UP THE INFINITE CORRIDOR: MIT and the Technical Imagination by Fred Hapgood (Addison Wesley: $22.95; 195 pp.) To do or not to do, that is the never-ending question at the Massachusetts Institute of Technology. Most MIT faculty and students are more than happy to leave questions of being to their friends just down the Charles River at Harvard, suggests science writer Fred Hapgood, so absorbed are they in not doing --miring themselves in seemingly unsolvable problems much as Zen Buddhists clear their minds with a koan--in order to find the inspiration to do . “Stuckness,” Hapgood explains, is the key: When utterly lost in the tundra, when ripped of one’s confidence in one’s own notions, he writes, “the ego will sometimes relax, will allow its prisoner a few seconds of direct observation of what is sitting right in front of his face.”

When the geologist and liberal reformer William Barton Rogers conceived of MIT in 1846, the philosophy of doing was far more inglorious than the philosophy of being. Contemplative intellectuals like Galileo and Lavoisier were seen as be-ers; the do-ers, Hapgood writes, were associated with the builders, manufacturers and mechanics who seemed to stumble along “from generation to generation, recycling rules of thumb with no greater base in natural logic than the belief of 12th-Century blacksmiths that metals were best quenched in the urine of 12-year-old red-headed boys.”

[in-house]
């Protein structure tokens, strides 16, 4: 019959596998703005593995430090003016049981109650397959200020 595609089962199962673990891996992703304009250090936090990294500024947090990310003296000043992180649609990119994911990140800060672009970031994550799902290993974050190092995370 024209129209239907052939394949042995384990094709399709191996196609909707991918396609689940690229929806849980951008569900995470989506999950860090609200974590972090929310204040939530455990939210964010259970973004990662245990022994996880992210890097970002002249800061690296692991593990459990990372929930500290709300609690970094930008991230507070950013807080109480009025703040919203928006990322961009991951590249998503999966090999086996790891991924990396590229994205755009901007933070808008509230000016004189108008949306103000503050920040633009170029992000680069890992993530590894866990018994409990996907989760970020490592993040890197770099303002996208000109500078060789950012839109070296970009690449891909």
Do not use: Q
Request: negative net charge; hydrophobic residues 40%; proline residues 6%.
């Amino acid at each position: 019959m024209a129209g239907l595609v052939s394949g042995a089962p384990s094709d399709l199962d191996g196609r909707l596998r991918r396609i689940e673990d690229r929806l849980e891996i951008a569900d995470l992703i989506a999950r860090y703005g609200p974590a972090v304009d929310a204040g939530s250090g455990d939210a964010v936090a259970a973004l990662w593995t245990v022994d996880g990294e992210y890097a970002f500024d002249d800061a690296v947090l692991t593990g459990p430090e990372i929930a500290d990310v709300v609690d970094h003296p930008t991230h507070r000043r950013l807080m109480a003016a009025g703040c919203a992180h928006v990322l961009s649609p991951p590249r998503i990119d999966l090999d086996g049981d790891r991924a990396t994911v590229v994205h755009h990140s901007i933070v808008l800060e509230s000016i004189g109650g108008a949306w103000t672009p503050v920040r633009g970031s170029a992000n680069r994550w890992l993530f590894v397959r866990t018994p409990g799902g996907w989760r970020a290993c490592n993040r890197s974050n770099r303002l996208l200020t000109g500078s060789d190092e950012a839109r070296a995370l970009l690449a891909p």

Rogers’ great success at elevating technology to philosophy’s lofty plane has inspired any number of glowing MIT biographies: The last, Stewart Brand’s “The Media Lab” (1987), looked so covetously at the gadgets being invented there that one was reminded of Augustus Gloop visiting Willie Wonka’s chocolate factory, ready at any moment to reach out and grab a candy bar. Hapgood is more like Charlie, more interested in Wonka’s feelings and ideas than in his physical possessions. While this focus may disappoint those looking for a specific overview of engineering science, it surely will please those looking for comparisons between the culture of being at institutions such as Harvard (fueled by the pride that comes from a focus on social status) and the culture of doing at MIT (guided by the humility that comes from struggling to emulate nature’s own engineering).